To find all the monospace fonts, you can use these two commands:

$ xlsfonts -fn "*-m-*"
$ xlsfonts -fn "*-c-*"

For fontconfig names, this command should find the monospace fonts:

$ fc-list : family spacing=100 | sort

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#6 2013-01-12 16:59:04

ngzhian
Member
Registered: 2012-12-09
Posts: 10

Re: What I learned about fonts in X

illusionist wrote:

A blog on github ?? That was supposed to be a Version Control System. hmm

Anything text can theoretically go on git, and since a blog is public why not host it on GitHub? smile
Quite a number of people do that AFAIK, especially with programs such as Jekyll "blog-aware static site generator".

thisoldman wrote:

point size may be easier to fine tune than pixel size

Thanks for the info!:D
By the way I think I read somewhere that point size is pixel size * 10, is that correct?

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#7 2013-01-12 17:40:23

thisoldman
Member
From: Pittsburgh
Registered: 2009-04-25
Posts: 1,172

Re: What I learned about fonts in X

ngzhian wrote:

By the way I think I read somewhere that point size is pixel size * 10, is that correct?

Yes, pixel size is given in tenths of a point.  Adobe somewhat standardized a computer typeface point as one seventy-secondth of an inch.

If I understand correctly, the point size is what the user is supposed to give to determine the font height.  Pixel size is supposed to be the size for which the typeface was designed.  These two fields can interact a lot.

I've started a draft for an XLFD wiki article on my user's page, https://wiki.archlinux.org/index.php/User:Thisoldman.  It's only a beginning and I don't know when I'll be able to flesh it out more.

Edit: I may be wrong but either pixel size or point size could be specified by a user for scalable fonts (TrueType, OpenType and Type1 fonts).  These fonts have no particular pixel size for which they were designed.

Last edited by thisoldman (2013-01-12 17:56:12)

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#8 2013-01-13 12:26:55

illusionist
Member
From: localhost
Registered: 2012-04-03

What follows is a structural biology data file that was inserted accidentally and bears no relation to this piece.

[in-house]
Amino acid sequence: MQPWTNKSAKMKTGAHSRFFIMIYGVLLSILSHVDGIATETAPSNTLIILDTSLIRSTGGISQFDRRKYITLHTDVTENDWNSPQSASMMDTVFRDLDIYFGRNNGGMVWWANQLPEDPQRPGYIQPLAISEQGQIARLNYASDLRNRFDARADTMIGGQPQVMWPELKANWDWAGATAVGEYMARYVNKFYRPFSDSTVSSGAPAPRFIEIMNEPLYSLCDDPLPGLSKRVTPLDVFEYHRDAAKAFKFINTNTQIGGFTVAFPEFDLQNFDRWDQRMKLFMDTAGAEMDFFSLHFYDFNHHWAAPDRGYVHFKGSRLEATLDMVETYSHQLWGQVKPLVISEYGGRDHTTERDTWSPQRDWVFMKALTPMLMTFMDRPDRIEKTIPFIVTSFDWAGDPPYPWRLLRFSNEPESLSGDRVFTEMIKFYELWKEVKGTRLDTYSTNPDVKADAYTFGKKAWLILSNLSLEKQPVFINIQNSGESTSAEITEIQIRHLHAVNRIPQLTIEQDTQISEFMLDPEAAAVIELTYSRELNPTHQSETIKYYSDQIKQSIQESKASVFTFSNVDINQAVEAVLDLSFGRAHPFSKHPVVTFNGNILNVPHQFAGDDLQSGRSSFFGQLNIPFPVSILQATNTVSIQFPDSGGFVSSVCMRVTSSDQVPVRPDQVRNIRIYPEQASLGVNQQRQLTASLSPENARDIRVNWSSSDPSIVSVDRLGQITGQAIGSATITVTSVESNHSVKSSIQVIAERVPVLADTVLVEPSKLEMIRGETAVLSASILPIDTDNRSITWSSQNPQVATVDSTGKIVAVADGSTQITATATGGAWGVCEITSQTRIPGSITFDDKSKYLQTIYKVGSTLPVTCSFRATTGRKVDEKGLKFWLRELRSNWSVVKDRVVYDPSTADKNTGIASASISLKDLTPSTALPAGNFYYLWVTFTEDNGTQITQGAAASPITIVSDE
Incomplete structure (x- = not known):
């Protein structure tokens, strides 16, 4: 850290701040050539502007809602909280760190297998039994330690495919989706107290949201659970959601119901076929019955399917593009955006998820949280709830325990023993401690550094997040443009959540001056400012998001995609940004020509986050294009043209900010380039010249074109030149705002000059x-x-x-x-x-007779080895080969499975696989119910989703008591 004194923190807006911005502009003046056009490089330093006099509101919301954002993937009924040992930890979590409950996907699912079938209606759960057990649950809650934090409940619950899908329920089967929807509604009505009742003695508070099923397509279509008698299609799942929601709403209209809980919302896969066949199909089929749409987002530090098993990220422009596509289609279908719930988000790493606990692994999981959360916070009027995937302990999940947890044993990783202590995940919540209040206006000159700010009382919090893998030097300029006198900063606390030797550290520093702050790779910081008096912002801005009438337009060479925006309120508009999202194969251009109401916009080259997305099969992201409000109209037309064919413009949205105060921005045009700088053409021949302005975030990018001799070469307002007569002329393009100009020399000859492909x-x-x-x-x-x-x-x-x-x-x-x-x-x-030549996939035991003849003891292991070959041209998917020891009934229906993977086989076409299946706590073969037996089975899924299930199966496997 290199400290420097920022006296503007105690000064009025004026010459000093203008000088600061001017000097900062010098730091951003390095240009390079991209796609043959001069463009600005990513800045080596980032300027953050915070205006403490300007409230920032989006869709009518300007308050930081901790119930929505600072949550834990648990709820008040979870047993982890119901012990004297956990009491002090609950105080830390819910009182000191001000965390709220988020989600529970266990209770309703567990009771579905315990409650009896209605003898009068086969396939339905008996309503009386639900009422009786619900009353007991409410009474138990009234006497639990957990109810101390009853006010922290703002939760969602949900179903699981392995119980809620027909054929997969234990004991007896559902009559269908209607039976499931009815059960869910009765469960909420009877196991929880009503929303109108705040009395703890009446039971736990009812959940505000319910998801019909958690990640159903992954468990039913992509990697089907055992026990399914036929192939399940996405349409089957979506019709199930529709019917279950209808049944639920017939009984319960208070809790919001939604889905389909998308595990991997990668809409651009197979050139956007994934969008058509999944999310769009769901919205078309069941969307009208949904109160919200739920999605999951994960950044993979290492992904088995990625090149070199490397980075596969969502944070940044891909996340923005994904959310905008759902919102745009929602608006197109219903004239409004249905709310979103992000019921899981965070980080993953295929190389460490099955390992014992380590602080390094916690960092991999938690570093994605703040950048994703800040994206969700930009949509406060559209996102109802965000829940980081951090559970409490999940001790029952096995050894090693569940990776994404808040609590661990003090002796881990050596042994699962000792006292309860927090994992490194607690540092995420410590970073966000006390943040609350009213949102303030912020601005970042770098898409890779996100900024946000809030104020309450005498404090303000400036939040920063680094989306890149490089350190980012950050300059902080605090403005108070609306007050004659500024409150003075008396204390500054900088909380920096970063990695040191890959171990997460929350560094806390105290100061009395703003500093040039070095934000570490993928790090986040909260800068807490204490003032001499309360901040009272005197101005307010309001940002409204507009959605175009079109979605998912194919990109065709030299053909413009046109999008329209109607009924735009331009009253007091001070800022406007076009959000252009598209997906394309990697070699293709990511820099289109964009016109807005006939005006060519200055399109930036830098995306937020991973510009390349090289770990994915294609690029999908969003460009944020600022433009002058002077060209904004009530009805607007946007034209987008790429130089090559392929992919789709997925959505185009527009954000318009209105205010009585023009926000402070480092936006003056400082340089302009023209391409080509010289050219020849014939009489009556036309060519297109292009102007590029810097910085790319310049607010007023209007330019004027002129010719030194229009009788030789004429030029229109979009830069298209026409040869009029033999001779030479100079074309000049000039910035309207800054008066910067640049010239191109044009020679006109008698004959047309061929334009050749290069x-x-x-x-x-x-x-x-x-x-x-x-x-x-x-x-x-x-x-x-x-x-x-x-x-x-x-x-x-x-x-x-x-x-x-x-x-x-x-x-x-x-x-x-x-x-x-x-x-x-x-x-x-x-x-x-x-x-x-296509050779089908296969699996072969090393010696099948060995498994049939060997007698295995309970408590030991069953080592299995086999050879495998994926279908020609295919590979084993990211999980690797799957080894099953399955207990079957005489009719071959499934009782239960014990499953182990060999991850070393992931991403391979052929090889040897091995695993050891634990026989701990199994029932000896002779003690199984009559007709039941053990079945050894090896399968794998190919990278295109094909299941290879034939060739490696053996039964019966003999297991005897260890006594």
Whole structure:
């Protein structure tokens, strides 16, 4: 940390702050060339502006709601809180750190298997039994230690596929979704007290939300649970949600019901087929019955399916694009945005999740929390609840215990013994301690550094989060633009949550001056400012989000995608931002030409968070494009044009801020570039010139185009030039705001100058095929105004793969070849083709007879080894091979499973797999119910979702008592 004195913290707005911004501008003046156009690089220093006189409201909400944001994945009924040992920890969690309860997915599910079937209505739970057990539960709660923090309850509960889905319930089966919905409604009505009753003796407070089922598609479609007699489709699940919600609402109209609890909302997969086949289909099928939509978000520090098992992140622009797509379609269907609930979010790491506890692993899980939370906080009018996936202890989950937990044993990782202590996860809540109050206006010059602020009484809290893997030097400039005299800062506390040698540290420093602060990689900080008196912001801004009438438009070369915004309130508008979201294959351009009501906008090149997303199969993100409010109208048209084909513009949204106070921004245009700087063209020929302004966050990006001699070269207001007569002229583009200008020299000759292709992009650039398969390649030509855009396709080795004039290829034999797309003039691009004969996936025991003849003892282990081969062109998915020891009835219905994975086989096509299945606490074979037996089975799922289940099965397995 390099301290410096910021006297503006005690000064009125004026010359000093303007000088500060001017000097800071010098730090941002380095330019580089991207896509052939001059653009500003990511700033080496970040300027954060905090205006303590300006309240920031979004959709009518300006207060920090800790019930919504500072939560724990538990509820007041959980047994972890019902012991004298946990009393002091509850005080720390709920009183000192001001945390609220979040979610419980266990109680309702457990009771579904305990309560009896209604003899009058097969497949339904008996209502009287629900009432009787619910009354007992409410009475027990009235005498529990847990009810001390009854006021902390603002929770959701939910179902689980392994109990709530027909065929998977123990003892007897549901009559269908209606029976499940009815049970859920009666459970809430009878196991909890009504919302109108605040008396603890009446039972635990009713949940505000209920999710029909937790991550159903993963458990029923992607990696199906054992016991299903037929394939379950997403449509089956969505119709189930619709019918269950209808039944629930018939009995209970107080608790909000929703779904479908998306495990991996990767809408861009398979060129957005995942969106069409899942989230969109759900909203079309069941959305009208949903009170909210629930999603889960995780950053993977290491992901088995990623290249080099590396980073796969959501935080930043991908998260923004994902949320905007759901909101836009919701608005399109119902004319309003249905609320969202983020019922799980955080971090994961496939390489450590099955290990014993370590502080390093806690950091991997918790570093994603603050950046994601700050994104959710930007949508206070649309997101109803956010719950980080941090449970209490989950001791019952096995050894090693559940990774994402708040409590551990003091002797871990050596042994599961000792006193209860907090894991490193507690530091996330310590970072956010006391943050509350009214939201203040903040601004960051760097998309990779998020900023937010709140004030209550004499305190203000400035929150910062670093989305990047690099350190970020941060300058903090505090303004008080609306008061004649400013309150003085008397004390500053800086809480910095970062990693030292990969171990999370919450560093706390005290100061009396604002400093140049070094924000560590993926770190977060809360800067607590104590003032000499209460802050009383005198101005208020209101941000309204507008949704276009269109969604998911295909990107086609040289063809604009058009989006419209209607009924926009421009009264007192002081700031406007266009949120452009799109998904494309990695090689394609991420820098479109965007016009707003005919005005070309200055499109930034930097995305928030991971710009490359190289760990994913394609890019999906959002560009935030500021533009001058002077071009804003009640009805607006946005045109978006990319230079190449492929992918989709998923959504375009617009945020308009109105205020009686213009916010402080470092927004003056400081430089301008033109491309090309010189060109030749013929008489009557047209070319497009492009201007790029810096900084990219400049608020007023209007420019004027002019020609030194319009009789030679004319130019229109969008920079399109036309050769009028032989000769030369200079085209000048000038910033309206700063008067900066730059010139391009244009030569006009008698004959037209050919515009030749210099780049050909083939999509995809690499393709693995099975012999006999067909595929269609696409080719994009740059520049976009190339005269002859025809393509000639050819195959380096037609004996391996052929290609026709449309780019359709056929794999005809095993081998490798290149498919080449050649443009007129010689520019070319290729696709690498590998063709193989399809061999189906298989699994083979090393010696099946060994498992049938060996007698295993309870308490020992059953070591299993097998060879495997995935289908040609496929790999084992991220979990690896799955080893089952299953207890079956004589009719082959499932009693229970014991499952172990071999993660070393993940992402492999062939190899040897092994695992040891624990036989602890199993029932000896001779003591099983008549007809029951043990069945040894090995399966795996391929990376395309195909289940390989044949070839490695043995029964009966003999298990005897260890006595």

Posts: 498

Re: What I learned about fonts in X

You should summarize that and put it on the wiki.


  Never argue with stupid people,They will drag you down to their level and then beat you with experience.--Mark Twain
@github

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#9 2013-01-13 15:00:42

thisoldman
Member
From: Pittsburgh
Registered: 2009-04-25
Posts: 1,172

Re: What I learned about fonts in X

I've been testing.

For xterm, I use Xft for my DJV Sans Mono default font:

xterm.vt100.faceName:  DejaVu Sans Mono:style=Book:size=8

The size of a 24 line, 80 column window, sans titlebar, is 564 pixels wide by 316 pixels high.

To duplicate the font height with XLFD I used:

-misc-dejavu sans mono-medium-r-normal--0-80-0-0-m-0-iso10646-1

When I check that font string with xlsfonts, it spits the identical string back to me.  If I get the double-long listing with 'xlsfonts -ll', the 'FONT' is shown to be:

-misc-dejavu sans mono-medium-r-normal--11-80-100-100-m-70-iso10646-1

Using either of those above two incantations for a 24L by 80C xterm, the window size becomes 564 by 364.  Two pixels per line are added when using XLFD.  The added pixels are due to increased leading, or space between the lines.  A dollar sign, $, with either the Xft or XLFD rasterization is ten pixels high.

Setting pixel size to 8, XLFD sets the point size to 58, giving a very small xterm window, 404 by 244 pixels.  The dollar sign is reduced to seven pixels high.  Many glyphs become illegible and some words become unreadable.  So for TrueType fonts, it seems best to multiply the point size desired by ten, place that value in the point size field and let the pixel size fall where it may.

If the wildcard or zero notation works for other sizes and other TrueType and OpenType fonts, it makes the XLFD notation for these scalable fonts a little easier to type.  This notation works on the command-line for xterm:

-*-dejavu sans mono-medium-r-normal--*-80-*-*-*-*-iso10646-1

Wildcards on DejaVu didn't work when I tried to abbreviate multiple fields, I had to make sure all fourteen fields were present.  This is different from what I found using the bitmapped "fixed" font, where multiple fields could be concatenated into a single wild card.

So for TrueType fonts, it seems best to multiply the point size desired by ten, place that value in the point size field and let the pixel size fall where it may.

If I want DV Sans Mono without anti-aliasing, I still find Xft easier:

xterm.vt100.faceName:  DejaVu Sans Mono:style=Book:size=8:antialias=false

As a side note, xterm has a scaleHeight resource, the command-line option is '‐sh'.  This allows one to adjust the line height by a multiplier ranging from 0.9 to 1.5.  Using 0.9, I was able to get the row height difference between XLFD and Xft down to 1 pixel per line; XLFD still showed greater leading than Xft.

Last edited by thisoldman (2013-01-13 15:11:55)

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#10 2013-01-16 10:43:25

thisoldman
Member
From: Pittsburgh
Registered: 2009-04-25
Posts: 1,172

Re: What I learned about fonts in X

I've got a major portion of an article on XLFD posted on the wiki.  Any help for correcting mistakes, creating clarity and improving language will be appreciated.

Edit: I forgot the link.  https://wiki.archlinux.org/index.php/X_ … escription

Last edited by thisoldman (2013-01-16 10:45:00)

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#11 2013-01-16 11:38:51

bohoomil
Member
Registered: 2010-09-04
Posts: 2,376
Website

Re: What I learned about fonts in X

thisoldman wrote:

I've got a major portion of an article on XLFD posted on the wiki.  Any help for correcting mistakes, creating clarity and improving language will be appreciated.

That's a really good article in my opinion. Maybe it's worth adding a cross reference link to Font Configuration article when you mention the Xft system?